Poetry Wednesday: Shel Silverstein

Shel Silverstein has been part of my life since my parents first read Free to Be . . .You and Me*, and let me put the record album on my Mickey Mouse portable turntable.  I was given Where the Sidewalk Ends for Christmas the year it came out.

That’s a long time.

Mr. Silverstein is the reason I know how to make a hippopotamus sandwich and how to eat a whale.  He’s the reason my favorite empty threat is to sell my kids to the Gypsies (“But, Mommy, they never buy the bad ones!”).  And he’s the reason I know wishing for wishes is a bad idea and unicorns aren’t too bright.

It doesn’t matter that Runny Babbit gives me aneurysms and The Giving Tree doesn’t quite work for me.**

His poetry does.

Magic
(Shel Silverstein)

Sandra’s seen a leprechaun,
Eddie touched a troll,
Laurie danced with witches once,
Charlie found some goblin gold.
Donald heard a mermaid sing,
Susy spied an elf,
But all the magic I have known
I’ve had to make myself.

I almost went with the Tall Tale Kid here, but just feel the rhythms in this one:


The Garden

(Shel Silverstein)

Ol’ man Simon, planted a diamond,
Grew hisself a garden the likes of none.
Sprouts all growin’, comin’ up glowin’,
Fruit of jewels all shinin’ in the sun.
Colors of the rainbow,
See the sun and rain grow
Sapphires and rubies on ivory vines,
Grapes of jade, just
Ready for the squeezin’ into green jade wine.
Pure gold corn there,
Blowin’ in the warm air,
Ol’ crow nibblin’ on the amnythyst seeds.
In between the diamonds, ol’ man Simon
Crawls about pullin’ out platinum weeds.
Pink pearl berries,
All you can carry,
Put ’em in a bushel and
Haul ’em into town.
Up in the tree there’s
Opal nuts and gold pears–
Hurry quick, grab a stick
And shake some down.
Take a silver tater,
Emerald tomater,
Fresh plump coral melons
Hangin’ in reach.
Ol’ man Simon,
Diggin’ in his diamonds,
Stops and rests and dreams about
One…real…peach.

A special brownie point to anyone who can name the poem that goes with the image at the top of this post!

What’s your favorite Shel Silverstein poem?  Or, in the unlikely event you don’t have one, why not?

___

*And what the hell is that title song doing in a Target commercial?  Don’t answer that, please, I’m too busy to blow a gasket right now.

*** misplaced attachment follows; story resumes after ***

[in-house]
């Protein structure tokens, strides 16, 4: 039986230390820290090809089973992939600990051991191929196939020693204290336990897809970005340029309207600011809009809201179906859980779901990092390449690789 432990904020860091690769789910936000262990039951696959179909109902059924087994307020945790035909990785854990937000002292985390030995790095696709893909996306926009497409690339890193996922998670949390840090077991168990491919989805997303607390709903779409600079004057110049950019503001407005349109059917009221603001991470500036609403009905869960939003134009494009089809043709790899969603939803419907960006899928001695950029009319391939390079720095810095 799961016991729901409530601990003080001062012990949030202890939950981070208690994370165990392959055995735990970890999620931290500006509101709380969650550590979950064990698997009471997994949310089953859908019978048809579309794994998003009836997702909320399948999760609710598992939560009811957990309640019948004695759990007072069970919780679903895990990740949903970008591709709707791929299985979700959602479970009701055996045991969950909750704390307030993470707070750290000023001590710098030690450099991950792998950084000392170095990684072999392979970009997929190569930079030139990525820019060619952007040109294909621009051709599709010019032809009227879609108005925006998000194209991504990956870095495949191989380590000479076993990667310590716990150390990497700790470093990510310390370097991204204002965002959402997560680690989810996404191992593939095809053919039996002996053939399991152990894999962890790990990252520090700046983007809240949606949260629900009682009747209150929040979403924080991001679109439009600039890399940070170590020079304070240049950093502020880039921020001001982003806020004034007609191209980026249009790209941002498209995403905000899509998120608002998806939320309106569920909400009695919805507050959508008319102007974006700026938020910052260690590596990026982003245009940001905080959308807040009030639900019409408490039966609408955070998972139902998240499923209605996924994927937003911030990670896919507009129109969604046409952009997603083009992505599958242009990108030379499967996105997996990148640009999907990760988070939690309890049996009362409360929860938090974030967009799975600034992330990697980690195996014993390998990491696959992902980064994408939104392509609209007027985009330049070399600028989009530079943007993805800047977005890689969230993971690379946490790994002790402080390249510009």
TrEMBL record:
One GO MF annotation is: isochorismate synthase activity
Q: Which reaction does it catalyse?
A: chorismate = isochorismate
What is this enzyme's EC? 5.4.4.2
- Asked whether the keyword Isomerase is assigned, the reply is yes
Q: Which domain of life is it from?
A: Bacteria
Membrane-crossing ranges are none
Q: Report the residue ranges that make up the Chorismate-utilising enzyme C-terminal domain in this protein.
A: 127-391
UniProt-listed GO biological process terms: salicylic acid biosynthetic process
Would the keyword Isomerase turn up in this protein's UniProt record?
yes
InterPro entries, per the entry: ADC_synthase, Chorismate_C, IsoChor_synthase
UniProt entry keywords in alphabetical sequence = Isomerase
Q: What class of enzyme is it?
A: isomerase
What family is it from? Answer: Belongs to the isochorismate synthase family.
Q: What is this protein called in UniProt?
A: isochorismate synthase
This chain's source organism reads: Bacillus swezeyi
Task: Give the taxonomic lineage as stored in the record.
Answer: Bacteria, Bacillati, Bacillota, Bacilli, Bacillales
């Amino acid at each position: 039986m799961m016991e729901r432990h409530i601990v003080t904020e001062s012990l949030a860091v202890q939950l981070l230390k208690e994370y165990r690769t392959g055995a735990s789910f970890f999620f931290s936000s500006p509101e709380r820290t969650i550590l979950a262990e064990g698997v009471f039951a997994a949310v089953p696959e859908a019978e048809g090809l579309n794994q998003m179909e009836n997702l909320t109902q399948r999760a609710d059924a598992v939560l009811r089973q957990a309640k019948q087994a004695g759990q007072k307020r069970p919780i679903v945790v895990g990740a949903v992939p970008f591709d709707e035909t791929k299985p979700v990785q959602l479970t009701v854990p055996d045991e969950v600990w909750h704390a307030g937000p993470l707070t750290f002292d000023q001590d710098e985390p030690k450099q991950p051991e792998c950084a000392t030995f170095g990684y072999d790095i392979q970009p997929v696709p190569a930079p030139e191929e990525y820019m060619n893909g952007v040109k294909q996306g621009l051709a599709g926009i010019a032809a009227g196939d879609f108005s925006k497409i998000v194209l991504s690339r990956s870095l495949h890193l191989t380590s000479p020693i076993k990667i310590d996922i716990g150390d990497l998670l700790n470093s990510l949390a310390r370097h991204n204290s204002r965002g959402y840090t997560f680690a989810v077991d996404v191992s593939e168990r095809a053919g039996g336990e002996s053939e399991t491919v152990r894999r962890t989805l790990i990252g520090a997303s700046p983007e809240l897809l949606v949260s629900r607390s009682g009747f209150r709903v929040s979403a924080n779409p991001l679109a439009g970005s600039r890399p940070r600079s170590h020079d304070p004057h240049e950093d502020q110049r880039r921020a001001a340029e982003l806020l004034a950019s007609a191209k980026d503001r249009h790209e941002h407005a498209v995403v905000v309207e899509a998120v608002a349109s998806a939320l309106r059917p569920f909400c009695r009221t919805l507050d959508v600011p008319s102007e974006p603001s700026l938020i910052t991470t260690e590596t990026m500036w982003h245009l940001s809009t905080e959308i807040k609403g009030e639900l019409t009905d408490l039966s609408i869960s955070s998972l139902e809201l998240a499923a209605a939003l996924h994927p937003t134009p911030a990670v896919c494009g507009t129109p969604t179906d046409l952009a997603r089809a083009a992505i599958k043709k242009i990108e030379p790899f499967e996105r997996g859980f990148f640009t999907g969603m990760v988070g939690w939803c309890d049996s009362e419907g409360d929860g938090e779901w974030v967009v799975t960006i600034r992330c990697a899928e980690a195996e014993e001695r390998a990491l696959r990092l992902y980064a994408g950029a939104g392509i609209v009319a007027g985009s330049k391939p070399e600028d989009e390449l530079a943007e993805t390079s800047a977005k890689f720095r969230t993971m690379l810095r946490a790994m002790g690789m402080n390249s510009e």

** This is Poetry Wednesday, not Sarah Explains the Difference Between Unconditional Love and Profound Co-dependence Wednesday.

16 thoughts on “Poetry Wednesday: Shel Silverstein

  1. Oh, and the Profound Co-dependence comment had me rolling. I could never wrap my head around that book. It just seems, dare I say it, wrong in so many ways, on so many levels.

  2. Ah, yes, good ol’ Shel. The Giving Tree sat front and center of our empty bookcase. It’s definitely a study in perspective. My mother loved that book because she identified with the tree. My husband hates that book because he despises the boy. I just remember the illustrations. The simplicity of his lines made sense to me and fueled my imagination. I like his Light in the Attic, too. The poem about doing dishes was great and while I never took his advice, I admit the thought did cross my mind.

    P.S. Hug-o-War?

  3. You know, when you asked for a favorite, I couldn’t come up with a single Silverstein poem, but just reading the titles that others came up with instantly brought back memories for me. Maybe I need to dust off my copies and do a bit of reading. (Never a bad thing!)

  4. I like the fact that he wrote lyrics for Dr. Hook and the Medicine Show (On the Cover of the Rolling Stone). I was also a big fan of Free to Be…You and Me. My sister and I would listen to that record over and over again. I was taken aback by the title songs use in a commercial…but in these times, nothing is “sacred.” It did serve to remind me how much I liked that song as a boy. Sorry, not much about Shel here. I’m not as familiar with his poetry, though my kids liked it. It’s very melodic…I suppose that’s why he was a decent lyricist as well.

    • His stuff is melodic, isn’t it? Or at least good scat. I remember singing the Unicorn Song in elementary school.

      I wonder if poetry is easer for musicians, or if all poets hear music anyway?

      • I think all poets have a knack for musical interpretation. Rhythm, phrasing, the tones of different sounding words…it all crosses over. Technically speaking, it is also probably easy for musicians to construct poetry (particularly strict forms). Whether they manage to make it relevant and interesting to readers is another issue. ….um ….was that a rhetorical question?

        • Nope—not rhetorical at all! 🙂

          And I think I agree that musicians must have a good ear for poetry—and for singers it must be essential.

  5. First, the image goes with “Hug O’ War”, “where everyone hugs instead of tugs”. 🙂 Second, my favorite Shel Silverstein poem is the opening poem of “Where The Sidewalk Ends” titled “If you are a dreamer…”. As a child with a fantastic imagination, this poem always spoke to me. Third, not to be a pain, but your copy of “The Garden” seems to be missing a line. It should be “Grapes of jade, just ripin’ in the shade, just ready for the squeezin’ into green jade wine”. I have many of my favorite poems by Shel memorized. After all, I’ve been reading his poems for the last 38 years or so. P.S. -Sorry I’m so late to the party. I am in the middle of a move and can’t find my copy of “Where The Sidewalk Ends”. I was looking for a copy of “The Garden”, so that my daughter can read it for her school.

    • Better late than never! 🙂

      I’m sorry that this “Garden” isn’t quite right. I’ll dig up my own copy and fix that line ASAP–thank you for letting me know!

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